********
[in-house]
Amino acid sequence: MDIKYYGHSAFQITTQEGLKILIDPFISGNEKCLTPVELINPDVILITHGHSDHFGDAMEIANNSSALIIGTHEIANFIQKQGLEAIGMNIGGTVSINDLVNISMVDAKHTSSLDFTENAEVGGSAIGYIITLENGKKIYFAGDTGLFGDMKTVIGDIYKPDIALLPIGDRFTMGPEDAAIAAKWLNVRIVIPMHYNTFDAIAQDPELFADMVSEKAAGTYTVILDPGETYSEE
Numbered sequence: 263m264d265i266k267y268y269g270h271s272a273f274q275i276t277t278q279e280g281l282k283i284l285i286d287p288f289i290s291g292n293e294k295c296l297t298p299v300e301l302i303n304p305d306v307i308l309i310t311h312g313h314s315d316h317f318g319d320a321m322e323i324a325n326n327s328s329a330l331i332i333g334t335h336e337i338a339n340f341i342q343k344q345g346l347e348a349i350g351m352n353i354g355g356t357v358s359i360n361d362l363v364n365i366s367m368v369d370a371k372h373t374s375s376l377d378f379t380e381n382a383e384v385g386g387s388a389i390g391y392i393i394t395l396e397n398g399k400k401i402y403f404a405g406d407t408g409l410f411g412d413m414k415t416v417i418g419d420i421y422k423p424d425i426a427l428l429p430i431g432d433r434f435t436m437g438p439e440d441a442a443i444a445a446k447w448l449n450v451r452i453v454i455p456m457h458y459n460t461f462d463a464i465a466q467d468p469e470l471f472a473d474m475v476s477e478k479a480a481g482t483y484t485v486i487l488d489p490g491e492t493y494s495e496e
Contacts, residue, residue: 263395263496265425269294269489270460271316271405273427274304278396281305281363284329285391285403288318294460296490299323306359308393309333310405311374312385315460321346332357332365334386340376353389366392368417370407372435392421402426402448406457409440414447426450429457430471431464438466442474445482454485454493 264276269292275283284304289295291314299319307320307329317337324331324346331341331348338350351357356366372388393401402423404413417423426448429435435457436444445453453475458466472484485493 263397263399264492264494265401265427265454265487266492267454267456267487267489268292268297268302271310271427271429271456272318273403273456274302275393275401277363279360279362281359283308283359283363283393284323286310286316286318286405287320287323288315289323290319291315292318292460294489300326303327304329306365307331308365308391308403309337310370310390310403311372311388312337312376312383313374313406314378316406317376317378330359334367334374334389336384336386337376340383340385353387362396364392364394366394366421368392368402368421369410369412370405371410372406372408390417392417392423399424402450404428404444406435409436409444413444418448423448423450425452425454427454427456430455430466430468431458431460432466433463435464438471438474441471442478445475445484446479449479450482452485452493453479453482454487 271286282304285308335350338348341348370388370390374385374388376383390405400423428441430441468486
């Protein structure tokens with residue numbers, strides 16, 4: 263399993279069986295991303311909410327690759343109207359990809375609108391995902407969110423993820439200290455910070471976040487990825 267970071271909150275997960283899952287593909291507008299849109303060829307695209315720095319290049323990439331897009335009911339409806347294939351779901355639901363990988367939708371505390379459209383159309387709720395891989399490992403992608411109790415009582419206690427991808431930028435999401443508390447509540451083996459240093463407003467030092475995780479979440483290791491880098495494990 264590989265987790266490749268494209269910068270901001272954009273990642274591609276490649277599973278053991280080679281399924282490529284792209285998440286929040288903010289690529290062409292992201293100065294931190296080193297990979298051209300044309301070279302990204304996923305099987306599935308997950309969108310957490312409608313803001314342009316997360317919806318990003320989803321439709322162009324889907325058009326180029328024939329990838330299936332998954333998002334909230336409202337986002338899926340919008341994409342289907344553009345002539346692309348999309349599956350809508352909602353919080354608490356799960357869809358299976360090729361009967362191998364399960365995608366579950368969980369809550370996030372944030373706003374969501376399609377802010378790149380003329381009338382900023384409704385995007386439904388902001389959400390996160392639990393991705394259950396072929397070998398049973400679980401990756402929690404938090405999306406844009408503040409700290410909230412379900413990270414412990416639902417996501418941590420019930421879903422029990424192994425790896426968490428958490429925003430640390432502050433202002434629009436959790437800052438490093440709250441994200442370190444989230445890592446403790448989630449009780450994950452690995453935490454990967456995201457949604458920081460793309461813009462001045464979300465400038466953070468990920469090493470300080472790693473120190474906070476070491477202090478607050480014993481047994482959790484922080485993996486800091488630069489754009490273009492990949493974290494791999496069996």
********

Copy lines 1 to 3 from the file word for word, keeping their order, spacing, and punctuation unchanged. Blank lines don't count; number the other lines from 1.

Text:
[in-house]
Amino acid sequence: MDIKYYGHSAFQITTQEGLKILIDPFISGNEKCLTPVELINPDVILITHGHSDHFGDAMEIANNSSALIIGTHEIANFIQKQGLEAIGMNIGGTVSINDLVNISMVDAKHTSSLDFTENAEVGGSAIGYIITLENGKKIYFAGDTGLFGDMKTVIGDIYKPDIALLPIGDRFTMGPEDAAIAAKWLNVRIVIPMHYNTFDAIAQDPELFADMVSEKAAGTYTVILDPGETYSEE
Numbered sequence: 263m264d265i266k267y268y269g270h271s272a273f274q275i276t277t278q279e280g281l282k283i284l285i286d287p288f289i290s291g292n293e294k295c296l297t298p299v300e301l302i303n304p305d306v307i308l309i310t311h312g313h314s315d316h317f318g319d320a321m322e323i324a325n326n327s328s329a330l331i332i333g334t335h336e337i338a339n340f341i342q343k344q345g346l347e348a349i350g351m352n353i354g355g356t357v358s359i360n361d362l363v364n365i366s367m368v369d370a371k372h373t374s375s376l377d378f379t380e381n382a383e384v385g386g387s388a389i390g391y392i393i394t395l396e397n398g399k400k401i402y403f404a405g406d407t408g409l410f411g412d413m414k415t416v417i418g419d420i421y422k423p424d425i426a427l428l429p430i431g432d433r434f435t436m437g438p439e440d441a442a443i444a445a446k447w448l449n450v451r452i453v454i455p456m457h458y459n460t461f462d463a464i465a466q467d468p469e470l471f472a473d474m475v476s477e478k479a480a481g482t483y484t485v486i487l488d489p490g491e492t493y494s495e496e